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Descanso Drive by Charlotte Innes

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By Richard Nester

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Charlotte Innes has dived into the wreck and returned to shore. I would say that she has brought back pearls but that suggests that there are pearls to be found. There aren’t always, a truth she is wise enough to know and delivers with an excellence that wins our attention. This is not to say that she has been unsuccessful, however. In one of the more remarkable poems of the book’s remarkable first section, “Seepage,” what she recovers is a “barnacle peace” a somewhat oxymoronic image that brilliantly sums up the central conundrum of survivorship, that healing requires revisiting. The poem deftly compares family events to natural ones and questions whether disasters in either realm can be overcome by the passage of time. The difficult answer to this question is no. An active agency is required in both cases and even then it may not succeed. In less skillful hands, the poem’s central conceit might have broken into pieces well ahead of this signal insight. But Innes does not fail us.

That she is conscious of these oppositions is clear. Witness the epigraph from Adrienne Rich attached to “My Silence” that holds that both words and silences are equally capable of lying. The poem recalls a sexual assault prevented only the intervention of a stranger, who is described as “tired,” a shadowy savior to say the least. But it does not begin with this recollection. The poem opens instead with a diary entry that startles Innes, not for what it says but for what it doesn’t say.  Innes finds the entry, made when she was a young girl at summer camp, gratifying in that it confirms creative gifts that she is proud of. However, the entry, for all its lyrical notice of the natural world, is false because it is silent about the day’s most crucial event, the violation that threatened her and that she was lucky to escape from, at least physically. Whether we ever fully escape the past is the true subject of the poem.

That the self may never be the permanent or trustworthy mooring that we might wish for is the revelation of “My Silence,” and it is this revelation that guides the book as a whole.  In fact, the self is as likely to hide in the familiar as it is to confront the painful. The book’s opening poem “The Moon in Theresienstadt” enacts this theme by means of a reversal characteristic of Innes, the ordinary becoming unfamiliar and even grotesque as the poet questions it. The poem tells us that “this week” the poet has produced seven poems in what she says is “a feverish rush” and asks, referring to the poems “where do they come from?” The answer that emerges from the juxtaposition of two moons, the one of “May 8” belonging to her ordinary life and the other of an earlier May in 1945 when her grandfather is liberated from the Nazi death camp at Theresienstadt, is that Innes’ poems arise from a compost of human suffering in which good and evil exist in terrible proximity.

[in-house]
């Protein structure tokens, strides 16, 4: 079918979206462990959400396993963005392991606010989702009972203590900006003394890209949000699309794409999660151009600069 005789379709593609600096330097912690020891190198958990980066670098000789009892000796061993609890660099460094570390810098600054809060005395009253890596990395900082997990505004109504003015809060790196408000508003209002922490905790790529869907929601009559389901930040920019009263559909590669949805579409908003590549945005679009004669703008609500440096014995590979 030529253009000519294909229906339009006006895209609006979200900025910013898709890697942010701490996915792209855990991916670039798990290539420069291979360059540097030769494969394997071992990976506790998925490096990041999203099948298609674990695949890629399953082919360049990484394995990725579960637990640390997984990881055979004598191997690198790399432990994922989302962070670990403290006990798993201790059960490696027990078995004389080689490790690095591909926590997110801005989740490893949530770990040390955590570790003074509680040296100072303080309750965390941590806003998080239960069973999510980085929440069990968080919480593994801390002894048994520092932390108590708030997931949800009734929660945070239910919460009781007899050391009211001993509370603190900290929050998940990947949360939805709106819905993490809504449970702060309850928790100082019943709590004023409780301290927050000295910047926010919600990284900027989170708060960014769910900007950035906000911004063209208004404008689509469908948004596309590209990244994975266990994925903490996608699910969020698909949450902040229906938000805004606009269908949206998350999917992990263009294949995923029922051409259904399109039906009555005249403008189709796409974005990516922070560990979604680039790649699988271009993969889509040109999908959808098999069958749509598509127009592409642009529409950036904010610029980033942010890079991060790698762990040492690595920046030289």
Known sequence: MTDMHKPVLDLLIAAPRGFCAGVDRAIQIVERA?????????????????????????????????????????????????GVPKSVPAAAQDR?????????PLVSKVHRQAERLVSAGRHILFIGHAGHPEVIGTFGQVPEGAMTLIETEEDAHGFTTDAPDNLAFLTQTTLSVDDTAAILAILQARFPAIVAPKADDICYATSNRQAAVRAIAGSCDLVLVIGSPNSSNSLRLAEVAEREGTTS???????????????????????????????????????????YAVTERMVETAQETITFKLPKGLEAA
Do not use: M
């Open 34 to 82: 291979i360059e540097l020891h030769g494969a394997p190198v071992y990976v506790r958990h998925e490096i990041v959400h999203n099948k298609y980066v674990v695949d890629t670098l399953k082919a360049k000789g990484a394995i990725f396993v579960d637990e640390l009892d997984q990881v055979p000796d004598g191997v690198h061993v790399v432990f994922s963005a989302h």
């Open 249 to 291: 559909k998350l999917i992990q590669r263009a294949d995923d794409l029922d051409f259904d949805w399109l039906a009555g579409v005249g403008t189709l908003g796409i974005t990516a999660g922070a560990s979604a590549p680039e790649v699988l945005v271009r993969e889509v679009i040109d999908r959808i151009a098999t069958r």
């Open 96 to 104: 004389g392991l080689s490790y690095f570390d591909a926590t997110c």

She recounts in the opening stanza how the Nazis offer a masque of ordinary life—concerts and recipes and children’s paintings—to mask their crimes from civilized sight—theirs as well as ours. But the terrible always re-emerges. To read, as well as to create, is to participate, whether by choice or not. Her poems are a liberation, like the WWII “Liberation Day” experienced by her grandfather. They free us from what would be a more awful fate even than literal death, the cultural and communal death of not remembering. It is important to note how little Innes editorializes on why the Nazis permit the façade of ordinary life in the camps. My gloss editorializes far more than her poem. She reports instead, dwelling on how it was—not why it was—a stance that allows and encourages the reader’s psychic entry into her created space.

Assaultive change occurs again in “Death of a Carob,” a comic elegy for a beloved carob tree—beloved partly for its familiarity—cut down by the city because it is diseased. The tree is deeply missed but assumes a lyrical second life in the commemoration of its passing as its stump becomes a stage for the incongruous—a plaster bust of Beethoven and later an impromptu “arabesque” by a black-clad dancer. “Did someone pull a string,” she asks, and “flip joy my way,” proof for her that change can call forth joy as well as tragedy.

Innes’ individual lines are often small masterpieces. Consider the opening stanza of “Descanso Drive.” The rhythm of its stately opening sentence is like that of the neighborhood it introduces—easy iambs—that abruptly shift to a succession of trochees perfectly suited to their content “the speed limit’s shifted down from ten to five,” The deceleration is visceral. Moreover, the book’s title poem is elegant in its twists and turns. Like the street it honors, Descanso Drive, its surprises are doled out in carefully measured doses—the house that is often closer than one thinks, the woman and her dog, who seem like fixtures, until they’re suddenly gone. The tone, like the tone of “Kestral,” which immediately precedes it, is quiet, almost elegiac, and yet nothing is quite settled. Change, for better or worse, is always lurking.